James R. Fitzgerald (born June 24, 1953) is an American criminal profiler, forensic linguist, and author. He is a retired FBI agent and best known for his role in the UNABOM investigation, which resulted in the arrest and conviction of Ted Kaczynski.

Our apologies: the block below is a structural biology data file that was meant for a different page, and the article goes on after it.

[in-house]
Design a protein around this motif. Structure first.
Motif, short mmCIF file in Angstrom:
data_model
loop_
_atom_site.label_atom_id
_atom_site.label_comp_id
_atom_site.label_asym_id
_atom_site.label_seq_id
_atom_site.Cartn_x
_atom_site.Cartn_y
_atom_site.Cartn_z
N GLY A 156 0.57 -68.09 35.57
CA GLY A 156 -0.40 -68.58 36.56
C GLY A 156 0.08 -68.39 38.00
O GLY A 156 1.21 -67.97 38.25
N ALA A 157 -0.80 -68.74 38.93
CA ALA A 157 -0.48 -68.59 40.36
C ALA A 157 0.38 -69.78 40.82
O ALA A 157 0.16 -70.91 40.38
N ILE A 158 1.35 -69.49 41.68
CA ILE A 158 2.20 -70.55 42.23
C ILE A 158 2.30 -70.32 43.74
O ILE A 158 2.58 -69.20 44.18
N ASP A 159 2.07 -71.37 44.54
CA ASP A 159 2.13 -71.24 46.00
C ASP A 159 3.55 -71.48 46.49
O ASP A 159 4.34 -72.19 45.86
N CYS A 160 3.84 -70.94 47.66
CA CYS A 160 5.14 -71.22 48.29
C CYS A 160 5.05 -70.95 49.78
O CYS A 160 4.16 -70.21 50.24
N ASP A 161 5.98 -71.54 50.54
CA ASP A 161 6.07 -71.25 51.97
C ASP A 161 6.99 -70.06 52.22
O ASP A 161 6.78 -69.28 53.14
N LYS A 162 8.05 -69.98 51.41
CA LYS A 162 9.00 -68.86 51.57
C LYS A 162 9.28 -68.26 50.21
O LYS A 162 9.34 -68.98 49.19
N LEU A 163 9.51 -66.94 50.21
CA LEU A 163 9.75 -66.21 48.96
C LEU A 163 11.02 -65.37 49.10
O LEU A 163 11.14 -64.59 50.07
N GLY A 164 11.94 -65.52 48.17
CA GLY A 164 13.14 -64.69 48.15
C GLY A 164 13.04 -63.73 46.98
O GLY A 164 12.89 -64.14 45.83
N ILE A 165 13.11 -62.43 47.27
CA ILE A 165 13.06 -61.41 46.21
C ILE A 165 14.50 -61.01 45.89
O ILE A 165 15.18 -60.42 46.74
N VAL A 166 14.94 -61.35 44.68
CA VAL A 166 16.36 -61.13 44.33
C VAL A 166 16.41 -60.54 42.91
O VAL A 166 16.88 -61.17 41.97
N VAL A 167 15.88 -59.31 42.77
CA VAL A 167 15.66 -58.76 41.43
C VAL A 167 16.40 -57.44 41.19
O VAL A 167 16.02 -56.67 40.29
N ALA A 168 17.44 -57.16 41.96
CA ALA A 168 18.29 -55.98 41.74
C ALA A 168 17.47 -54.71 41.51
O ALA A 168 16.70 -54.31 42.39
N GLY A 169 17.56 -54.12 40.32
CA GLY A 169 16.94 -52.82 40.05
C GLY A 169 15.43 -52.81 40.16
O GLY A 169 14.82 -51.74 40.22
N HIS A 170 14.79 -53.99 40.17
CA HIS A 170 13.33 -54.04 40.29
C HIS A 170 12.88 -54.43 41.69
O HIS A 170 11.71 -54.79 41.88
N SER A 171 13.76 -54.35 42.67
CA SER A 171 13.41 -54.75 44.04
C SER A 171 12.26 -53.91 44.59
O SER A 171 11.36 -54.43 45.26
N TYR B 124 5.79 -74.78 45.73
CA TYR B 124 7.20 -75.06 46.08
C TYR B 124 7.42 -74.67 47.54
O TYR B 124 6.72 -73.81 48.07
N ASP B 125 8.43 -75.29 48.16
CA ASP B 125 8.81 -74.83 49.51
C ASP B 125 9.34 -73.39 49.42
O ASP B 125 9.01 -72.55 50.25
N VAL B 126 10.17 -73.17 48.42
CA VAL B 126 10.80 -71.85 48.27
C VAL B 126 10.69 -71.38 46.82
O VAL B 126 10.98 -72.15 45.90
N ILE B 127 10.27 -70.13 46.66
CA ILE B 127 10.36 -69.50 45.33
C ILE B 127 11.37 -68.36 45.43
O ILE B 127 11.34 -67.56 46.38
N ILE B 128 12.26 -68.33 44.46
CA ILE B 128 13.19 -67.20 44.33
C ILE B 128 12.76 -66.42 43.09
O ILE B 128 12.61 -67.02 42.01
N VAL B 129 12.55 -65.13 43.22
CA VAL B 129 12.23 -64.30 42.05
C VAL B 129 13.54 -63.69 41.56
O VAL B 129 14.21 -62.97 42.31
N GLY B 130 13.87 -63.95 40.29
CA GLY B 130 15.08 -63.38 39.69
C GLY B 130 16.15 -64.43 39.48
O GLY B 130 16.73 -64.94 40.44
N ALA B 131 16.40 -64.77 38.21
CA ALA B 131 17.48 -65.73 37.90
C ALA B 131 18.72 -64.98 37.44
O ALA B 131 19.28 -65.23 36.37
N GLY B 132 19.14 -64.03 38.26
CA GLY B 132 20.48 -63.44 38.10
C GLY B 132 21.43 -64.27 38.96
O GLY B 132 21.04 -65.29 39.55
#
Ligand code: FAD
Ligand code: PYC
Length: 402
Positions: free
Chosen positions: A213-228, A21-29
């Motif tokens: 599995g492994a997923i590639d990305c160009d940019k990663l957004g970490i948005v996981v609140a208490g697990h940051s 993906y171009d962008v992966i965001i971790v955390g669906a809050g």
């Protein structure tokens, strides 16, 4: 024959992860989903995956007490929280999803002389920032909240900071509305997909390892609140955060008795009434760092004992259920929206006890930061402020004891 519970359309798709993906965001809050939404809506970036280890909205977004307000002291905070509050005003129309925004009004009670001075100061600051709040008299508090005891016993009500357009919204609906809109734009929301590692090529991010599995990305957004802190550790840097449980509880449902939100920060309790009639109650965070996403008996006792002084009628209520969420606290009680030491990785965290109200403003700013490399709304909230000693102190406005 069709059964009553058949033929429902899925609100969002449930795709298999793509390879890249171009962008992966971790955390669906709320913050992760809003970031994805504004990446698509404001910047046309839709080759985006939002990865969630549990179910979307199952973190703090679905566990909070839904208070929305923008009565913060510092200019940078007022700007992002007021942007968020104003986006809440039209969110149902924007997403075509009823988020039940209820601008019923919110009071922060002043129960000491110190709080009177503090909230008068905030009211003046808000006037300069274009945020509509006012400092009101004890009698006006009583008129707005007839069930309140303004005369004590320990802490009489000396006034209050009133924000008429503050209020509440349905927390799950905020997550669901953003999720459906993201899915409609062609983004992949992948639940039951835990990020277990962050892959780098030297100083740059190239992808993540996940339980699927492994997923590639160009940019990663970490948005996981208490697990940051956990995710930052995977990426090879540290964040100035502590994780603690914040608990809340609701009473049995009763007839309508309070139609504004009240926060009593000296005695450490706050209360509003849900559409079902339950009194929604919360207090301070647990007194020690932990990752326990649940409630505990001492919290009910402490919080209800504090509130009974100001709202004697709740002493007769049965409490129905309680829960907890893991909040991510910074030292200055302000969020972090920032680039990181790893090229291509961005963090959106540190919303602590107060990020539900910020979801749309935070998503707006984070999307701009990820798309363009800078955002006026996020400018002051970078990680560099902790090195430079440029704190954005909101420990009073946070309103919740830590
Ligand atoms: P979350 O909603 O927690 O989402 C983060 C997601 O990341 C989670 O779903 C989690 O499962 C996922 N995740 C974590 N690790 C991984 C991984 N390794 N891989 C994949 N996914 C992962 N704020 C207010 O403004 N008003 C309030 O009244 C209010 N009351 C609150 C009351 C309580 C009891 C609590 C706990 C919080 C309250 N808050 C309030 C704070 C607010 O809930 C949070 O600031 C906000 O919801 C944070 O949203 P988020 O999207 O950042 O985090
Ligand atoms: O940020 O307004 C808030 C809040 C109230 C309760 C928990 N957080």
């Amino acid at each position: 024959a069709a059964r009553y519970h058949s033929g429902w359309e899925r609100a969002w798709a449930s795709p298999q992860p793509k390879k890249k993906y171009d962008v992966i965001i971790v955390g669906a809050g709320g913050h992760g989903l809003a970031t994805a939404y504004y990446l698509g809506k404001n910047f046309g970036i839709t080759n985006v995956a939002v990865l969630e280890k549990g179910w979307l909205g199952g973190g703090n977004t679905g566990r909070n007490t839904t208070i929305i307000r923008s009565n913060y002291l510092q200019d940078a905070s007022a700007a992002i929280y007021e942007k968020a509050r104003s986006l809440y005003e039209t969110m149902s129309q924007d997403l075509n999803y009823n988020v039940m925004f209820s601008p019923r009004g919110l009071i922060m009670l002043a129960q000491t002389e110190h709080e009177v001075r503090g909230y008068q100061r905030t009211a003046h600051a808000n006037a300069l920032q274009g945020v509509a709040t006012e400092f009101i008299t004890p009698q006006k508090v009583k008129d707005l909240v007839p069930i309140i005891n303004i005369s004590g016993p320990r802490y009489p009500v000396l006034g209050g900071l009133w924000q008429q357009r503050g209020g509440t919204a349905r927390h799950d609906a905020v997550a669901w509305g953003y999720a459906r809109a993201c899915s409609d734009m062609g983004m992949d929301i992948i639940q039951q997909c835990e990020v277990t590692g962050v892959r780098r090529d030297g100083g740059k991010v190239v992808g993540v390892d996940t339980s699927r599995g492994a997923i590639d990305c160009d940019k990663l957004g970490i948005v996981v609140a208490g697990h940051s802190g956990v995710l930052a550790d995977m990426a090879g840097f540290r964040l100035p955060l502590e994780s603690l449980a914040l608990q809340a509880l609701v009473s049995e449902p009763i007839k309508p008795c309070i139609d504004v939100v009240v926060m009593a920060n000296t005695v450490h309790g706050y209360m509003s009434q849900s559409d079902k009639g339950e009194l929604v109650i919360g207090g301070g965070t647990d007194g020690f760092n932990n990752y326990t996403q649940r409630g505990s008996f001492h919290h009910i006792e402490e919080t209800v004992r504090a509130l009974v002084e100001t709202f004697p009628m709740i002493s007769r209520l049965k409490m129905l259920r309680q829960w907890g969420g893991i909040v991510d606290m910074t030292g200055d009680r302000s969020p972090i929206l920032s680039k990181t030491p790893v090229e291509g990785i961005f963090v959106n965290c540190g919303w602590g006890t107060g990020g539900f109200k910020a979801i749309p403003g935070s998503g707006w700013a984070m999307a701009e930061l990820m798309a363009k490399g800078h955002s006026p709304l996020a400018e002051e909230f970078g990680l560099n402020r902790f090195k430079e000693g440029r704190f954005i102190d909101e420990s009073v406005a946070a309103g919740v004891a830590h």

So Fitzgerald most likely learned to type in the 50s or 60s, long before the advent of personal computers. It's common for people who grew up writing on typewriters to feel more comfortable on them. Remember that typing is done with "muscle memory"; people who get beyond hunt-and-peck aren't consciously deciding what to do with their hands. Rather, they are relying on automatic processes. Switching to a PC, or even to a different type of typewriter, can make typing feel "off". It's a bit like someone who grew up driving cars with standard transmissions preferring to not use automatics, or a baseball player who grew up using wooden bats not wanting to use an aluminum one. There's also force of habit, and that drawbacks that you're used to (e.g. not being able to save your work) tend to seem smaller than new ones (e.g. having to wait for the computer to boot up, needing electrical power, having to deal with a printer, etc.).